To put our theoretical understanding into practice, Brigit LeFevre took us outside. In the garden that can be seen from many of the windows in Tallevana, we started planting a perennial garden that will be harvested and cared for by YIP participants in the years to come.

It was a treat to get our hands in the soil and in a small way start putting our new learned knowledge of regenerative agriculture into action. I felt a sense of grounding when I had my fingers immersed in the soil, and of joy at the simplicity of planting produce that flows in harmony with the surrounding ecosystems. We helped to create a small hub of biodiversity, a gift to the soil and an investment in the future.

In the veg beds we also helped to harvest green beans, courgettes, carrots, tomatoes and dried seed heads. Our awareness was guided to the plants we were harvesting, to look closely at the shape, colours and textures and consciously harvest its fruits. When harvesting the green beans, I enjoyed how slow and careful you had to be to find which direction the bean wanted to be pulled so as not to break the stem or the bean. This felt like a beautiful demonstration of the power of bringing conscious awareness into our relationship with the living world. It highlighted the need to work in harmony with the organisms around us and the guidance that’s offered if we slow down and listen.

I left this week feeling full and rich with experience, ideas and new insight. But primarily, I had real excitement about how a solution to the seeming complexities and challenges of reducing carbon may be available if we bring more of our focus and attention to the soil beneath our feet.

Written by Anna Morter

Activism and Governance
with Kait Ziegler and Gerald Häfner

The tree is dying
The tree is dying
We are absent
And lying
Shouldn’t we be present
And trying
To change to a large extent
The world we are living in?

The tree is dying
We are absent
And lying
I hope that one day
I will be free
Deep down in my soul
And be
My higher goal.

The tree is dying
We are absent
And lying
Shouldn’t we be present
And trying
To change to a large extent
The world we are living in?
I don’t know, if you know
But that is my higher goal.

Written by Bee Reinhold

War and Conflict
Christianne Aikins and Ramsay Boly

After having had a course on ecosystems, with very tangible solutions such as regenerative agriculture and soil as blind spot, and a course on governance and activism, where we focused on the root causes of our societal problems, in the third week the focal point was on war and conflict.

For this course Christianne Aikins and Ramsay Boly were our contributors. Fortunately, Christianne could be physically present in Järna, whereas Ramsay, due to the corona restrictions, didn’t have the possibility to be in person with us. He thus called in from Burkina Faso via Zoom.

In a combination of online and face-to-face sessions, we spent three hours per day for one week approaching the immense and broad topic of war and conflict.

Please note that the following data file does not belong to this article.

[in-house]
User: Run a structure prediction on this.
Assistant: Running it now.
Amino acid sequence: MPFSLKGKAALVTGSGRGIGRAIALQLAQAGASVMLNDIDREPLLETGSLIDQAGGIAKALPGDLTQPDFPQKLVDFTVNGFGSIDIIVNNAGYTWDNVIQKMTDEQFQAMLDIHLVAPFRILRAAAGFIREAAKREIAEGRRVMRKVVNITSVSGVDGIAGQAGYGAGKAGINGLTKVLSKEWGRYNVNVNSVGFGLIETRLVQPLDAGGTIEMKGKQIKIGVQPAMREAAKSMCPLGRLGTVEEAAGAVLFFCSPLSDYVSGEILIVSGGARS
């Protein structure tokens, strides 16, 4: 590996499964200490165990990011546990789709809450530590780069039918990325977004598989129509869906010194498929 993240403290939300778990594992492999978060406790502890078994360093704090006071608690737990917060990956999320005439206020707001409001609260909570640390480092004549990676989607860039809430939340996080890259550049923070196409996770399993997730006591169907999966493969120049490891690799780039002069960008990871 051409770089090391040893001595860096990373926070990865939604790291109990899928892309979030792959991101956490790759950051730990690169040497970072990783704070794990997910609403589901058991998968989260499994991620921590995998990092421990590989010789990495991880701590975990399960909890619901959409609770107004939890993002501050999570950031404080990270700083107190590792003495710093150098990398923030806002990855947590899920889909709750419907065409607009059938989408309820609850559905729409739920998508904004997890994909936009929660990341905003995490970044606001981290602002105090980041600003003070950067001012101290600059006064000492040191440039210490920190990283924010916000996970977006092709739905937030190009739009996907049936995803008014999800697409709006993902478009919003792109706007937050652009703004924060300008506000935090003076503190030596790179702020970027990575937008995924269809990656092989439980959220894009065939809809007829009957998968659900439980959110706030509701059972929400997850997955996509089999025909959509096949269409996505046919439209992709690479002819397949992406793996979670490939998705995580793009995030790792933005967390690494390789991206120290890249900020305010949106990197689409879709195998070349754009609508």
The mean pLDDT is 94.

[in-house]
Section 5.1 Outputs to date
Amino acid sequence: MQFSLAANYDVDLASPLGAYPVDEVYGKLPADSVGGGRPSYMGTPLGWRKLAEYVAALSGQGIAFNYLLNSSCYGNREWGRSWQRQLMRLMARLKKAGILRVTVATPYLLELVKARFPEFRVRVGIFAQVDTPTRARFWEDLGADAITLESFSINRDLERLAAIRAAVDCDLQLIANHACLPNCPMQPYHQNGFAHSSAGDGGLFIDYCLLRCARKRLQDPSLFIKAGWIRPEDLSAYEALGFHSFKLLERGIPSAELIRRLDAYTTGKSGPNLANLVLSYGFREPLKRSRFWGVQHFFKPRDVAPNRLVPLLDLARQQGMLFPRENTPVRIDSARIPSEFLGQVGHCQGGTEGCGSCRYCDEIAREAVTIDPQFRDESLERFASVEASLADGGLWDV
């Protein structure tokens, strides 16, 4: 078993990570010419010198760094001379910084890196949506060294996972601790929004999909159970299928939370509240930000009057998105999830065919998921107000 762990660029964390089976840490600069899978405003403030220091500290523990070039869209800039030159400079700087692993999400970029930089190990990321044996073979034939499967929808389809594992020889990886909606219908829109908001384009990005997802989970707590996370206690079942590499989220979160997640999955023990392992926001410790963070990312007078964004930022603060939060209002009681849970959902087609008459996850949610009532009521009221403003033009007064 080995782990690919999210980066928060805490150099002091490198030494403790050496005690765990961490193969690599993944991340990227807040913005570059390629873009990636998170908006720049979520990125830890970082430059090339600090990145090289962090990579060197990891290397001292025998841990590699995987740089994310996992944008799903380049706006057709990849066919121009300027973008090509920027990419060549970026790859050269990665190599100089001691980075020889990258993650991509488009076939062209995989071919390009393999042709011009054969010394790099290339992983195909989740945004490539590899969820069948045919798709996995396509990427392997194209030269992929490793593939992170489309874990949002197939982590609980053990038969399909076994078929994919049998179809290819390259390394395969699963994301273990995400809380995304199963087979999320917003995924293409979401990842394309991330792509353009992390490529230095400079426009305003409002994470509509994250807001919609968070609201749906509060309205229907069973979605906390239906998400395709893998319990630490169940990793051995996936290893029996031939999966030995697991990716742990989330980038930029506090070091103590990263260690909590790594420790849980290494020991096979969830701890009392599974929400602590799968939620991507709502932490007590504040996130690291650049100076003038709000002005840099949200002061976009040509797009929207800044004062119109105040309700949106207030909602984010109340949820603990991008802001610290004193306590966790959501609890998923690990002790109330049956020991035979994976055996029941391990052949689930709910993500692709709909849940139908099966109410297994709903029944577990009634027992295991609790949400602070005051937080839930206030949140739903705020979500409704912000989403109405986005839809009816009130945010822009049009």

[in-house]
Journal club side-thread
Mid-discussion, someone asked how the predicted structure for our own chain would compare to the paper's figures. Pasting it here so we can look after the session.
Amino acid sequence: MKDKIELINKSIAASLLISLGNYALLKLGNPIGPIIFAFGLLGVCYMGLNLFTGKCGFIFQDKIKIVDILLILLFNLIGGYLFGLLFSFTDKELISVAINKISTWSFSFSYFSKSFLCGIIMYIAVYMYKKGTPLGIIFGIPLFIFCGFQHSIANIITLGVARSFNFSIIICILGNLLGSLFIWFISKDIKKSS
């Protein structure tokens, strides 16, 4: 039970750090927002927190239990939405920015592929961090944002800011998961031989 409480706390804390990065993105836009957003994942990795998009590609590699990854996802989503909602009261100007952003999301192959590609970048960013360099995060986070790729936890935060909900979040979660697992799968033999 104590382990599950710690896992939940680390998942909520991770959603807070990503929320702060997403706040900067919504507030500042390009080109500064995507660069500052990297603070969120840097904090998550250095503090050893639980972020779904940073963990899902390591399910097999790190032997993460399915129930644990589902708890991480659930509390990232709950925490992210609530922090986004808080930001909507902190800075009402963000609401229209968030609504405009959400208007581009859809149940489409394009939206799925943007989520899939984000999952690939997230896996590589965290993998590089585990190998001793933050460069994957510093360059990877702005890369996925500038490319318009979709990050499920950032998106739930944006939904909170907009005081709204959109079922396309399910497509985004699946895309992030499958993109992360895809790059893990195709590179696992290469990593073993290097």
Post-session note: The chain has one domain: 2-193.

The aim of this course was to point out the complexity of the world we are living in and to highlight how biased we are. Using the metaphor of an iceberg, when talking about a conflict or a war we only get to know and understand the visible part of the iceberg. Getting the tools to better approach a conflict and its complexities was one goal of this course.

In order for us to dig deeper into the iceberg, we were first confronted with the system in which our society is embedded. For this we explored key concepts such as the meaning of capitalism, neoliberalism, colonialism, etc. This was an important point, since these concepts are constantly used and often not always understood.

With this knowledge, a critical view on society and our systems was the second step in our attempt to reach the bottom of the iceberg. Here, theoretical notions such as Orientalism, culture talk, discourse à la Foucault, epistemology, etc. permitted us to deconstruct underlying societal dynamics, that perpetuate certain power structures.

By putting on the critical lens given by the mentioned theoretical notions, a new world has opened to us: a world in which complexity and interconnectedness has increased, a world in which narratives and biases on an individual as well as on a societal level has become extremely powerful, a world in which we now have to question these biases and narratives.

Regarding wars and conflicts, by embracing this new world we can understand wars and conflicts and their causes in a more differentiated and manifolded way.

We thank Christianne and Ramsay for the time and effort they put into this course.

Written by Christopher Becker

YIP13 Organising Team

This year we are excited to welcome three new team members for YIP13 organising team.Adéla from YIP12, Naomi from YIP11 and Severas, part-time OT.

Curious to get to know themvisit the team section of our website here.

Food for Thought

“How do you know it doesn’t work if you haven’t even tried?”
Pieter Ploeg (Ecosystems)

“The systems feel much larger than thoughts, when actually they are thoughts.”
Kait Ziegler (Activism)

“We are responsible for both, what we do and also for what we don’t do.”
Gerald Häfner (Governance)

“No one comes to Earth to only do what has been done in the past.”
Gerald Häfner (Governance)

“Language shapes the way we’re able to see the world.”
Christianne Aikins (War & Conflict)

“People having their stories heard and being listened to is very valuable and important.”
Ramsay Boly (War & Conflict)

Looking forward

In the next newsletter you can expect to read more about:

  • Power, Privilege and Oppression
  • Economic Systems
  • Spriritual Ecology and Resilience Thinking
  • Art of Hosting
  • Imagining the Initiative Forum